With FOV=70 mm and an image matrix of 80x80, partial Fourier acceleration of 7/8 was used to enable more repetitions of each k-space line during the fixed TA, as well as an asymmetric echo of 0.25/0.5 allowing for a reduced echo time (TE=2.4 ms). During the experiment, 38 images were acquired resulting in $$$n=$$$5*38*80*7/8$$$=$$$13300 individual k-space lines (TR=6.8 ms). Each accepted k-space line is sorted into one of $$$N$$$ frames, each representing one phase of the oscillatory motion. Here, data are reconstructed with $$$N=$$$10, resulting in a temporal resolution of $$$\Delta T = 1/(f*N) =$$$ 0.76 ms, where $$$f =$$$ 131 Hz is the phonation frequency. With the available gradient system capable of providing gradient amplitudes up to 80 mT/m and a slew rates up to 200 mT/m/ms, the duration of the phase encoding with the largest gradient moment was 0.56 ms.


The alignment of anatomical features such as the left and right vocal folds and the anterior boundary of the glottis before and after motion correction can be seen in figure 3, as well as the image used as the reference in the POCC algorithm. The comparison of reconstructed vocal fold oscillations in figure 4 (animation) shows improvement in image quality, especially in posterior parts of the vocal folds close to the arytenoid cartilages. Also, the boundary between vocal folds and glottis is sharpened in the corrected image. SNR comparison in the left vocal fold over the course of the oscillation also shows a significant increase up to a factor of 2 with the application of motion correction.


Highspeed imaging of the vocal folds with sub-millisecond temporal resolution was combined successfully with image-based motion correction to improve image quality and SNR, allowing for longer imaging durations and less restriction on patient positioning.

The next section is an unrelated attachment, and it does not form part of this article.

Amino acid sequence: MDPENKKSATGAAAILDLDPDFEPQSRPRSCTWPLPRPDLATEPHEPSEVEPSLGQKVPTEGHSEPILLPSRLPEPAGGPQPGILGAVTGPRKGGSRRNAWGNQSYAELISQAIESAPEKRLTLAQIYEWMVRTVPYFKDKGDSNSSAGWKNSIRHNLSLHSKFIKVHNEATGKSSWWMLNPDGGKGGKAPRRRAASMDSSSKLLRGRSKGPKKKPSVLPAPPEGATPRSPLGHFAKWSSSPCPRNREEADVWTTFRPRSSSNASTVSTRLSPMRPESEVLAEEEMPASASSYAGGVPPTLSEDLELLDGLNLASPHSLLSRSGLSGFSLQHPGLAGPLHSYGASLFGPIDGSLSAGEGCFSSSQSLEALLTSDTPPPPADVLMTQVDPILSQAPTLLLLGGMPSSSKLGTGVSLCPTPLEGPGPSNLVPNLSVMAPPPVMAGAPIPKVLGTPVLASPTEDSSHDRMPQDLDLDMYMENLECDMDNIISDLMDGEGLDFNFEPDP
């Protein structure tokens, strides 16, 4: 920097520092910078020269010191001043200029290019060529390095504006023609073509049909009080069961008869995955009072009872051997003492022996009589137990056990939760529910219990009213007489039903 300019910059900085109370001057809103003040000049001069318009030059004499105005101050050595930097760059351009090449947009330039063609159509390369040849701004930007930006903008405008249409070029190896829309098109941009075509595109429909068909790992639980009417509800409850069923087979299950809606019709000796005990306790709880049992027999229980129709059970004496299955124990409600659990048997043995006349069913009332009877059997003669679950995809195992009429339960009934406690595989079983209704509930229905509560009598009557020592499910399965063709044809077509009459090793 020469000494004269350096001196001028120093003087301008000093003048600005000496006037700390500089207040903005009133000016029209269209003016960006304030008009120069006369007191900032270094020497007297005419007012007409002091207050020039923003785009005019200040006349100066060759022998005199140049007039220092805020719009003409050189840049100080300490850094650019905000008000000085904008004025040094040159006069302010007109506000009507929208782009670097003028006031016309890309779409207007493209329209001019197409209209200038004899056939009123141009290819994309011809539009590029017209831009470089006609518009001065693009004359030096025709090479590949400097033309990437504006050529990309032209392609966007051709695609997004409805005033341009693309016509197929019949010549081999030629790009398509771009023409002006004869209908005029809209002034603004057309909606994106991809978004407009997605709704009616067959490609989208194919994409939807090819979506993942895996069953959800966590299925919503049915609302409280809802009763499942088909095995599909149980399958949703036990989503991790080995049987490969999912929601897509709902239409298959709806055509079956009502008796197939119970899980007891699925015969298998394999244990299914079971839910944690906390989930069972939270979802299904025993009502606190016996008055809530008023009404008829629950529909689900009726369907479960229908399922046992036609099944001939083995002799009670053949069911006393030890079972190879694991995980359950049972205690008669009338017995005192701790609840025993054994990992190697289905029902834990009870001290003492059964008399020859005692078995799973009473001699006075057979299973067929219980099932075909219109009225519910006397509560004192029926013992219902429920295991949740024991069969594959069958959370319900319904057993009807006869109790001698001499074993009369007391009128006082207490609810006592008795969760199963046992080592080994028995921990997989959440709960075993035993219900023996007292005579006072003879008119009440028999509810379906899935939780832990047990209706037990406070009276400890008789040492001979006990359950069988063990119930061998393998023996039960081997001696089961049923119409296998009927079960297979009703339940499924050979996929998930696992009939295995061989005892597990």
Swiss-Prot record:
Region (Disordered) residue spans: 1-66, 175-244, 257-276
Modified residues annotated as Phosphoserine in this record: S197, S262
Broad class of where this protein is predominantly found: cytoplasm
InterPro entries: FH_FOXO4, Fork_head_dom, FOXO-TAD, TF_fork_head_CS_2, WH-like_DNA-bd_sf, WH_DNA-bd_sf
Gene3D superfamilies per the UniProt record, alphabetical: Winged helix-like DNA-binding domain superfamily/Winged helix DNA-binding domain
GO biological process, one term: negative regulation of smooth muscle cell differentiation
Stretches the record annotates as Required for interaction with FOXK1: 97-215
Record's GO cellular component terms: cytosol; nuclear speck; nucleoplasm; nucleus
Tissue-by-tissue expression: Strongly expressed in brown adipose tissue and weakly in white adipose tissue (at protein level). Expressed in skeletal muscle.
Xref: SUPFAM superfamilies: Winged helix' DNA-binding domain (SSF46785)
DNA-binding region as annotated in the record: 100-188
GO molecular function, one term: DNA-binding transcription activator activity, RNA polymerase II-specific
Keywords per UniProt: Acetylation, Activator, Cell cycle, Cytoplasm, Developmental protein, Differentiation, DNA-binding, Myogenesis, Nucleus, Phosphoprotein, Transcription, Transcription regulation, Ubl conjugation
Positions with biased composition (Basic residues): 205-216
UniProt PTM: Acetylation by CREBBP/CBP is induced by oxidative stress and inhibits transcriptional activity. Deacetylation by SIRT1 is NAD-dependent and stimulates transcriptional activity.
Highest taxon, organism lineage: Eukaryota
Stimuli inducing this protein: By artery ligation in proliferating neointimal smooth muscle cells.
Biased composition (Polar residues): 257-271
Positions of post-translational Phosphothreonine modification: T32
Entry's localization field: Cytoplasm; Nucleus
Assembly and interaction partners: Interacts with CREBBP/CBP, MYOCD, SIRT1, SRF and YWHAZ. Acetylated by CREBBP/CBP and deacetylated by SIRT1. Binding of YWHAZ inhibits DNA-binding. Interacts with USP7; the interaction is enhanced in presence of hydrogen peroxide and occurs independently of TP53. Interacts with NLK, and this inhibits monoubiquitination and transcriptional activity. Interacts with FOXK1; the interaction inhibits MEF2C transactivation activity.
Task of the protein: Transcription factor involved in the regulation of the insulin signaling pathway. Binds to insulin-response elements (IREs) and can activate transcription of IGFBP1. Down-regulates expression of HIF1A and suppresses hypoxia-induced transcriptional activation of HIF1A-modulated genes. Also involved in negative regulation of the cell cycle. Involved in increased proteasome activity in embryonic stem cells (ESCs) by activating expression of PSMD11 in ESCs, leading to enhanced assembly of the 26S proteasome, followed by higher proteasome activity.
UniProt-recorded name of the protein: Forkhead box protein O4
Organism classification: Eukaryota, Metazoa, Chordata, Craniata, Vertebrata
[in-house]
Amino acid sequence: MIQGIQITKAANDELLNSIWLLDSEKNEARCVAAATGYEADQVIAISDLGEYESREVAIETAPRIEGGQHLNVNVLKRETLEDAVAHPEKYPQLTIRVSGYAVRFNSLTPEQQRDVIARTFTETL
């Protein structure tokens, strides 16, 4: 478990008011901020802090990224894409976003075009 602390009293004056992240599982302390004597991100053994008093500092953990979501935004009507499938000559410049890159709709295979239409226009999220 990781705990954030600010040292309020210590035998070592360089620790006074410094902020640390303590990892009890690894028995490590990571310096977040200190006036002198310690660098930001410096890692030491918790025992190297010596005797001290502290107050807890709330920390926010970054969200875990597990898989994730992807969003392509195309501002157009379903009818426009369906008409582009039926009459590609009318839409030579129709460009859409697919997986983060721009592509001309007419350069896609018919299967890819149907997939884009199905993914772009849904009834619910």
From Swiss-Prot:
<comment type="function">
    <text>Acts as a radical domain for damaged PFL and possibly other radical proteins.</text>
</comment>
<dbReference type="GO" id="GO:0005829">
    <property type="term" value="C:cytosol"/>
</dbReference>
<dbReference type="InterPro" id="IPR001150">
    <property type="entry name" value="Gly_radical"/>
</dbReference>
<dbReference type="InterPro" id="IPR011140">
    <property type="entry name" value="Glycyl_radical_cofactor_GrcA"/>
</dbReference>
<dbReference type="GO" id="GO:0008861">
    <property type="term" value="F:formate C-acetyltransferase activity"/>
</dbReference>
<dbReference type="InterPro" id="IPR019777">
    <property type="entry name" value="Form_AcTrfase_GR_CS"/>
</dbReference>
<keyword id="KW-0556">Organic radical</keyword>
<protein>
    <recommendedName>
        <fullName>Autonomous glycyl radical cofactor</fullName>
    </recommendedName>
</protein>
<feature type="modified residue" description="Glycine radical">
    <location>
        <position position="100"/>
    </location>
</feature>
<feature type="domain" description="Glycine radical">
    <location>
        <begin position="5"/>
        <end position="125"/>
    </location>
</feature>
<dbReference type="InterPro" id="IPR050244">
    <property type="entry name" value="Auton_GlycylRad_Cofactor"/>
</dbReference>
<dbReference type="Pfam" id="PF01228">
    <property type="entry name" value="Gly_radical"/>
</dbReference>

No acknowledgement found.


[1] Fischer, J., Abels, T., Özen, A. C., Echternach, M., Richter, M., Bock, M., 2018. Highspeed Imaging with Sub-millisecond Temporal Resolution of the Vocal Folds Oscillations using EGG-Gated Gradient Echo with Rapid Phase Encoding, in: Proc. Intl. Soc. Mag. Reson. Med. 26. Presented at the ISMRM 26th annual Meeting & Exhibition, Paris.

[2] Krafft, A.J., Zamecnik, P., Maier, F., de Oliveira, A., Hallscheidt, P., Schlemmer, H.-P., Bock, M., 2013. Passive marker tracking via phase-only cross correlation (POCC) for MR-guided needle interventions: Initial in vivo experience. Phys. Med. 29, 607–614.

[3] Oliveira, A. de, Rauschenberg, J., Beyersdorff, D., Semmler, W., Bock, M., 2008. Automatic passive tracking of an endorectal prostate biopsy device using phase-only cross-correlation. Magn. Reson. Med. 59, 1043–1050.

[4] Zamecnik, P., Schouten, M.G., Krafft, A.J., Maier, F., Schlemmer, H.-P., Barentsz, J.O., Bock, M., Fütterer, J.J., 2014. Automated Real-time Needle-Guide Tracking for Fast 3-T MR-guided Transrectal Prostate Biopsy: A Feasibility Study. Radiology 273, 879–886


Figure 1: a) Schematic representation of the vocal fold oscillation and directions of phase encoding and readout used in this experiment. b) Sequence diagram of the applied sequence with time optimized phase encoding gradients (green), readout gradient (red) and signal acquisition. The fast, 1D oscillating motion (blue) can be imaged even though its period T is shorter than TR, because the motion is fully encoded during the rapid phase encoding lobe. Conventional RF-excitation and slice selection are not illustrated.

Figure 2: Photographs of the experimental setup. Top: Positioning of the EGG-electrodes on the skin of the volunteer. Bottom: Placement of the 4-channel receive coil on top of the EGG-electrodes.

Figure 3: Comparison of motion correction for the 38 full k-spaces acquired during the measurement. Data in the upper row shows the motion along the LR direction of the patient, indicated in the top left image. Data in the lower row shows the motion along the AP direction of the patient, indicated in the bottom left image. White arrows show where motion in AP direction is reduced, green arrows mark slices that were acquired during a breathing cycle of the volunteer, as shown in the inset at the lower right. The reference image (left) is marked with a red line in the uncorrected data.

Figure 4: Animation showing the reconstructed vocal fold oscillation without (left) and with motion correction (right). The animation plays at 50x slower speed than the actual movement (singing frequency $$$f=131$$$ Hz, 10 Frames, $$$\Delta T=$$$ 0.76 ms). Duration of the longest phase encoding gradient was 0.56 ms.

Figure 5: Left: SNR comparison in the left vocal fold over the reconstructed oscillation cycle using uncorrected and corrected k-space data. Right: Location of the signal and noise ROI in the image data.

Proc. Intl. Soc. Mag. Reson. Med. 27 (2019)